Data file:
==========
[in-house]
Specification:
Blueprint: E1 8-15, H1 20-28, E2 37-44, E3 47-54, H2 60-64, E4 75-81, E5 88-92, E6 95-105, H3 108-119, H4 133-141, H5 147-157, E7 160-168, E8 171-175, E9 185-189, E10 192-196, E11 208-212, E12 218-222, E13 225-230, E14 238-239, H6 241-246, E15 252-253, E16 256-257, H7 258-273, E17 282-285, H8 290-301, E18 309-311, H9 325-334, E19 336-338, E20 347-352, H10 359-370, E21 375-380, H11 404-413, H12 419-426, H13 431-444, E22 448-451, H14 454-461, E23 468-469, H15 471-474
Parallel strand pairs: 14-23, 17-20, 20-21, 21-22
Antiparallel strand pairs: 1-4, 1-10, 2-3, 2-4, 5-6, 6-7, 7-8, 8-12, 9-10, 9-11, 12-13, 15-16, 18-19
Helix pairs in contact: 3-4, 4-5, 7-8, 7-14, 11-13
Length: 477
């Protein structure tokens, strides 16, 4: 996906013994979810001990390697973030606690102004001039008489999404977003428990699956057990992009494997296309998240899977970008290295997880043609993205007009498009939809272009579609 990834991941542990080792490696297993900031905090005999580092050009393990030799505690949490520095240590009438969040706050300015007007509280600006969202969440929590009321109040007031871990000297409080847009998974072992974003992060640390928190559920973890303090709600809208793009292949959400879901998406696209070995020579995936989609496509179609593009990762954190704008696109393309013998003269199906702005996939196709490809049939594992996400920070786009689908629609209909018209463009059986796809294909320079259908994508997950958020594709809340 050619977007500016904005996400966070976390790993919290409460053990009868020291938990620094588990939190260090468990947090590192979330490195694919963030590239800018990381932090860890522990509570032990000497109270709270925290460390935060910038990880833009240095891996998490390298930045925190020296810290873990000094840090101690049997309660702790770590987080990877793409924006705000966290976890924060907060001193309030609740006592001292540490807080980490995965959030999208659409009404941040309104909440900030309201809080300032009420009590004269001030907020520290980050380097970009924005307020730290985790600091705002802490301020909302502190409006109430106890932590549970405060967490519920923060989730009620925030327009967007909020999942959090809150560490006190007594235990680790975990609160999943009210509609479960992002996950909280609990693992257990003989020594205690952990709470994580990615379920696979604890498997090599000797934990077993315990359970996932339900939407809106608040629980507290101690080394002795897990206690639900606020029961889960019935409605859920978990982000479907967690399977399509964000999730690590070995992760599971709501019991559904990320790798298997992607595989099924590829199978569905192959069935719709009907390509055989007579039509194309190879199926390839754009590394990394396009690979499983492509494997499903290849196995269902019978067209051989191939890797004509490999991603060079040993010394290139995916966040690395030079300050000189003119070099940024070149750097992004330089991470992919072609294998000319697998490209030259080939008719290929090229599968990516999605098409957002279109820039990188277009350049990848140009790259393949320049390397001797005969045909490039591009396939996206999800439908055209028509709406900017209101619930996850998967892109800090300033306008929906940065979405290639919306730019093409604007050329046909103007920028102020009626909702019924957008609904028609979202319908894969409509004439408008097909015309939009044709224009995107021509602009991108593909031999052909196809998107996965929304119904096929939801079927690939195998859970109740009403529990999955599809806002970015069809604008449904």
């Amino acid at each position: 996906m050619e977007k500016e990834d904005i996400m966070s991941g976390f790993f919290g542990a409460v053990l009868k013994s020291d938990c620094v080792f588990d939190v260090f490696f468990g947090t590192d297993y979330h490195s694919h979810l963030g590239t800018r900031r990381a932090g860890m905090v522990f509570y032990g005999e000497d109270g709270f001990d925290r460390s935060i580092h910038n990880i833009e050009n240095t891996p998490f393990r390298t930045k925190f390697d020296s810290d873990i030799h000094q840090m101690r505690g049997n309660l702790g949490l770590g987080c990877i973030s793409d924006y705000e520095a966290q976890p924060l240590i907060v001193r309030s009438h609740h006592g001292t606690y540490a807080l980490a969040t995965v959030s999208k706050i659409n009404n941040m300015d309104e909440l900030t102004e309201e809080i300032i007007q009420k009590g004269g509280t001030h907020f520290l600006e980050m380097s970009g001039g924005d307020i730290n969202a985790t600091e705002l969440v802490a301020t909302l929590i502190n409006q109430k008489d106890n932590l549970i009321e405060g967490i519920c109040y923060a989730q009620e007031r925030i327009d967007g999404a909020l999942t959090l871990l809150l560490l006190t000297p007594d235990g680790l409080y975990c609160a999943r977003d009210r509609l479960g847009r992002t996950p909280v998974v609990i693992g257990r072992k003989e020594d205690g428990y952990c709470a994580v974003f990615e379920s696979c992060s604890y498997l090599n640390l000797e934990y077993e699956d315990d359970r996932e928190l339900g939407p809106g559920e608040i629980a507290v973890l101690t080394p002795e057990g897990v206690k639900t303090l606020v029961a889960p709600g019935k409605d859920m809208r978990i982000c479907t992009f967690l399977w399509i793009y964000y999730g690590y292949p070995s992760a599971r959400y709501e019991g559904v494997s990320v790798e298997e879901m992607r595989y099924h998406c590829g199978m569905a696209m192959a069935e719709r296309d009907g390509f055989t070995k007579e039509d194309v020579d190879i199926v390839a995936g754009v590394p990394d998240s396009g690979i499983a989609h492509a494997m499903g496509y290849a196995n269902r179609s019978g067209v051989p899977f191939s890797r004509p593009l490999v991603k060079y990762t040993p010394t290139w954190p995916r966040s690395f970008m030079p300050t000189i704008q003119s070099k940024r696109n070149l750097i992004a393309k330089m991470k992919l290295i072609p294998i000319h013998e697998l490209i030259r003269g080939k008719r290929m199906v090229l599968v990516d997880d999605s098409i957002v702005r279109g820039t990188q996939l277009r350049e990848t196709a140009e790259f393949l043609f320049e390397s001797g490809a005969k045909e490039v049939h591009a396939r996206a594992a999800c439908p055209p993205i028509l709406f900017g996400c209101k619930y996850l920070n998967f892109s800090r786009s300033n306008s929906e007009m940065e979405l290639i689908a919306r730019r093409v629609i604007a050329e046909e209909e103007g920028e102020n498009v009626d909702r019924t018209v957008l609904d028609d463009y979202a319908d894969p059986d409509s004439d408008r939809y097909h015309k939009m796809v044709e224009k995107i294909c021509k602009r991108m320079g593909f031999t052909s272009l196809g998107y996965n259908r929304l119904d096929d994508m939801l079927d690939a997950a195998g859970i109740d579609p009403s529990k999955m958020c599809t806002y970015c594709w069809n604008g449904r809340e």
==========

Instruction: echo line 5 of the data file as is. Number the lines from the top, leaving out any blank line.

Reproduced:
Antiparallel strand pairs: 1-4, 1-10, 2-3, 2-4, 5-6, 6-7, 7-8, 8-12, 9-10, 9-11, 12-13, 15-16, 18-19